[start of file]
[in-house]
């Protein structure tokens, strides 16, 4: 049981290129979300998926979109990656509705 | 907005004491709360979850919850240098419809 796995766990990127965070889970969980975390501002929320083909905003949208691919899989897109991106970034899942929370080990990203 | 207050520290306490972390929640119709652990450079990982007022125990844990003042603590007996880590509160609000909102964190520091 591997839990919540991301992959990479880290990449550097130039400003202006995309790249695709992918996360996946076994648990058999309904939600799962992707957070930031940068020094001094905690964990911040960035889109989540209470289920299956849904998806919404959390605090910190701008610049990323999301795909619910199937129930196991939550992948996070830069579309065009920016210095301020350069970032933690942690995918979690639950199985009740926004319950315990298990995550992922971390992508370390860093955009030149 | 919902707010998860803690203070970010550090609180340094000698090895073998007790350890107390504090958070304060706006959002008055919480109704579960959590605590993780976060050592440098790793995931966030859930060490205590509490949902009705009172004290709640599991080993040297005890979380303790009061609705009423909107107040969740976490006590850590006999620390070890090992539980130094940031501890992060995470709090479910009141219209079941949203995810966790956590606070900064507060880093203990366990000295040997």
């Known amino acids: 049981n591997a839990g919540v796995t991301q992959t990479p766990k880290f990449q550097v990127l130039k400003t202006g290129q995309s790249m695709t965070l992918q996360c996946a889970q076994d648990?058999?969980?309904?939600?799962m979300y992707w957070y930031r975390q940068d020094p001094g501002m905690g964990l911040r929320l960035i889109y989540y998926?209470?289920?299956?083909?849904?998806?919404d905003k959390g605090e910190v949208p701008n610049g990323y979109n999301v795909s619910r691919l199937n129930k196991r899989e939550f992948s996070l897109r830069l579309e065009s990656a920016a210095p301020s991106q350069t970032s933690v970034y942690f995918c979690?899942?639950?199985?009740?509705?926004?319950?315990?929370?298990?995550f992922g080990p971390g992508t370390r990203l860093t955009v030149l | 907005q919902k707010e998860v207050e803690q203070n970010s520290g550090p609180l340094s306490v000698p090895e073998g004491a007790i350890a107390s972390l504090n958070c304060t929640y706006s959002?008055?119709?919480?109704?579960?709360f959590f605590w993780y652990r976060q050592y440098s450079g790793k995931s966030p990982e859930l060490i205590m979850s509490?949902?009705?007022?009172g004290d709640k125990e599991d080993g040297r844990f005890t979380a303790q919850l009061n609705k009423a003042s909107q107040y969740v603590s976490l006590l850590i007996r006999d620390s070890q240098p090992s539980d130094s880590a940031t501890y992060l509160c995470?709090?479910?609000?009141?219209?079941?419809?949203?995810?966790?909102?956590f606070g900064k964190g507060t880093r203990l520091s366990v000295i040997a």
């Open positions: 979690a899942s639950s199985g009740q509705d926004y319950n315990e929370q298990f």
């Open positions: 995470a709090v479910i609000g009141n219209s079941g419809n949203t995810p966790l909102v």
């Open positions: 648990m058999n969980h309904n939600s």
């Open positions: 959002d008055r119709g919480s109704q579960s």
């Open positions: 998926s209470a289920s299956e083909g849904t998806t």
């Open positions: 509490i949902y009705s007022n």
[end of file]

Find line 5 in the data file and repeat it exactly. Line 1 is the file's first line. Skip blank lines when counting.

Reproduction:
């Open positions: 995470a709090v479910i609000g009141n219209s079941g419809n949203t995810p966790l909102v």